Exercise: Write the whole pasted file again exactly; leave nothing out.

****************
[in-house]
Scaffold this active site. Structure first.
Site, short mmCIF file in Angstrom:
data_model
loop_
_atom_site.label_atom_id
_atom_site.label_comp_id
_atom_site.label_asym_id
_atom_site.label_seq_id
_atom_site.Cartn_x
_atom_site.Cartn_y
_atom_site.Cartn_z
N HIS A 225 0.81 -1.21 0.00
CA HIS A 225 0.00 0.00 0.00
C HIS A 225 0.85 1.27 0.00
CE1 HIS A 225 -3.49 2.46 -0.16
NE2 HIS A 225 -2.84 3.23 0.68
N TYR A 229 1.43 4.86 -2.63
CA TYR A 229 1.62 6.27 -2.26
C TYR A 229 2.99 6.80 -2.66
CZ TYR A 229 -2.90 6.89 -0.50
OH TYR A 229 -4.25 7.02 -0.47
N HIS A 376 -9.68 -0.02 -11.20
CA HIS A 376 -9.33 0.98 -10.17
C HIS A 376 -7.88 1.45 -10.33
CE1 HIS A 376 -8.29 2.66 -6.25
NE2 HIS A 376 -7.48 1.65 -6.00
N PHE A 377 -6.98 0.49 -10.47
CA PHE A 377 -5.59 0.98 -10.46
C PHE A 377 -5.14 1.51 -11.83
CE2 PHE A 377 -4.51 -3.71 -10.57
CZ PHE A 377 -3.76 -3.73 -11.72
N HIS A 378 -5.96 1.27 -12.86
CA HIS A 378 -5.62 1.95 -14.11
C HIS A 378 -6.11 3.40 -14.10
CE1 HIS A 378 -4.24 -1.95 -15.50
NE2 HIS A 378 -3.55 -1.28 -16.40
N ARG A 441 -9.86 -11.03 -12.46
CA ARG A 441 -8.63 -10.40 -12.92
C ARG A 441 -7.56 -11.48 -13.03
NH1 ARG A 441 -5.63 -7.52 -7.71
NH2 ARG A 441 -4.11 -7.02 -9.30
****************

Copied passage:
[in-house]
Scaffold this active site. Structure first.
Site, short mmCIF file in Angstrom:
data_model
loop_
_atom_site.label_atom_id
_atom_site.label_comp_id
_atom_site.label_asym_id
_atom_site.label_seq_id
_atom_site.Cartn_x
_atom_site.Cartn_y
_atom_site.Cartn_z
N HIS A 225 0.81 -1.21 0.00
CA HIS A 225 0.00 0.00 0.00
C HIS A 225 0.85 1.27 0.00
CE1 HIS A 225 -3.49 2.46 -0.16
NE2 HIS A 225 -2.84 3.23 0.68
N TYR A 229 1.43 4.86 -2.63
CA TYR A 229 1.62 6.27 -2.26
C TYR A 229 2.99 6.80 -2.66
CZ TYR A 229 -2.90 6.89 -0.50
OH TYR A 229 -4.25 7.02 -0.47
N HIS A 376 -9.68 -0.02 -11.20
CA HIS A 376 -9.33 0.98 -10.17
C HIS A 376 -7.88 1.45 -10.33
CE1 HIS A 376 -8.29 2.66 -6.25
NE2 HIS A 376 -7.48 1.65 -6.00
N PHE A 377 -6.98 0.49 -10.47
CA PHE A 377 -5.59 0.98 -10.46
C PHE A 377 -5.14 1.51 -11.83
CE2 PHE A 377 -4.51 -3.71 -10.57
CZ PHE A 377 -3.76 -3.73 -11.72
N HIS A 378 -5.96 1.27 -12.86
CA HIS A 378 -5.62 1.95 -14.11
C HIS A 378 -6.11 3.40 -14.10
CE1 HIS A 378 -4.24 -1.95 -15.50
NE2 HIS A 378 -3.55 -1.28 -16.40
N ARG A 441 -9.86 -11.03 -12.46
CA ARG A 441 -8.63 -10.40 -12.92
C ARG A 441 -7.56 -11.48 -13.03
NH1 ARG A 441 -5.63 -7.52 -7.71
NH2 ARG A 441 -4.11 -7.02 -9.30